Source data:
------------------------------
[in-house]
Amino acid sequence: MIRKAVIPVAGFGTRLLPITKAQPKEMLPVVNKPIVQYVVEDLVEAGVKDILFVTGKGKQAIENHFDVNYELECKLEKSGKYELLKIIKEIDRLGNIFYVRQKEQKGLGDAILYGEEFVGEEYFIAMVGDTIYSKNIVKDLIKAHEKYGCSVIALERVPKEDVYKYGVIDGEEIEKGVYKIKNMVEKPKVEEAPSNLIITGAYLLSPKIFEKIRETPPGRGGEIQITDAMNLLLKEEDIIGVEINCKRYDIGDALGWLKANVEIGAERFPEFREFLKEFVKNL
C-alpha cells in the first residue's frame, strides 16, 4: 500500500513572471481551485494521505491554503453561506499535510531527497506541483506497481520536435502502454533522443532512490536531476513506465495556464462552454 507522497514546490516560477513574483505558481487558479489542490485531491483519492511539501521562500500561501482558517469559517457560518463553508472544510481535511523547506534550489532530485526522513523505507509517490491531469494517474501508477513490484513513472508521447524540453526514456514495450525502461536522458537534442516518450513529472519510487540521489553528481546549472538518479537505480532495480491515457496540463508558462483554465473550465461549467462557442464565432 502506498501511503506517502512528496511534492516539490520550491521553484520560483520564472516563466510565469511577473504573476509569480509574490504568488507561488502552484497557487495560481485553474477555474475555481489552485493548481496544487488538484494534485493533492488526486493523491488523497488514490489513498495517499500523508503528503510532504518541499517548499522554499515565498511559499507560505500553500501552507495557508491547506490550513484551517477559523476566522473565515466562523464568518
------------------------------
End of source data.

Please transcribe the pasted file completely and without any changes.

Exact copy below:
[in-house]
Amino acid sequence: MIRKAVIPVAGFGTRLLPITKAQPKEMLPVVNKPIVQYVVEDLVEAGVKDILFVTGKGKQAIENHFDVNYELECKLEKSGKYELLKIIKEIDRLGNIFYVRQKEQKGLGDAILYGEEFVGEEYFIAMVGDTIYSKNIVKDLIKAHEKYGCSVIALERVPKEDVYKYGVIDGEEIEKGVYKIKNMVEKPKVEEAPSNLIITGAYLLSPKIFEKIRETPPGRGGEIQITDAMNLLLKEEDIIGVEINCKRYDIGDALGWLKANVEIGAERFPEFREFLKEFVKNL
C-alpha cells in the first residue's frame, strides 16, 4: 500500500513572471481551485494521505491554503453561506499535510531527497506541483506497481520536435502502454533522443532512490536531476513506465495556464462552454 507522497514546490516560477513574483505558481487558479489542490485531491483519492511539501521562500500561501482558517469559517457560518463553508472544510481535511523547506534550489532530485526522513523505507509517490491531469494517474501508477513490484513513472508521447524540453526514456514495450525502461536522458537534442516518450513529472519510487540521489553528481546549472538518479537505480532495480491515457496540463508558462483554465473550465461549467462557442464565432 502506498501511503506517502512528496511534492516539490520550491521553484520560483520564472516563466510565469511577473504573476509569480509574490504568488507561488502552484497557487495560481485553474477555474475555481489552485493548481496544487488538484494534485493533492488526486493523491488523497488514490489513498495517499500523508503528503510532504518541499517548499522554499515565498511559499507560505500553500501552507495557508491547506490550513484551517477559523476566522473565515466562523464568518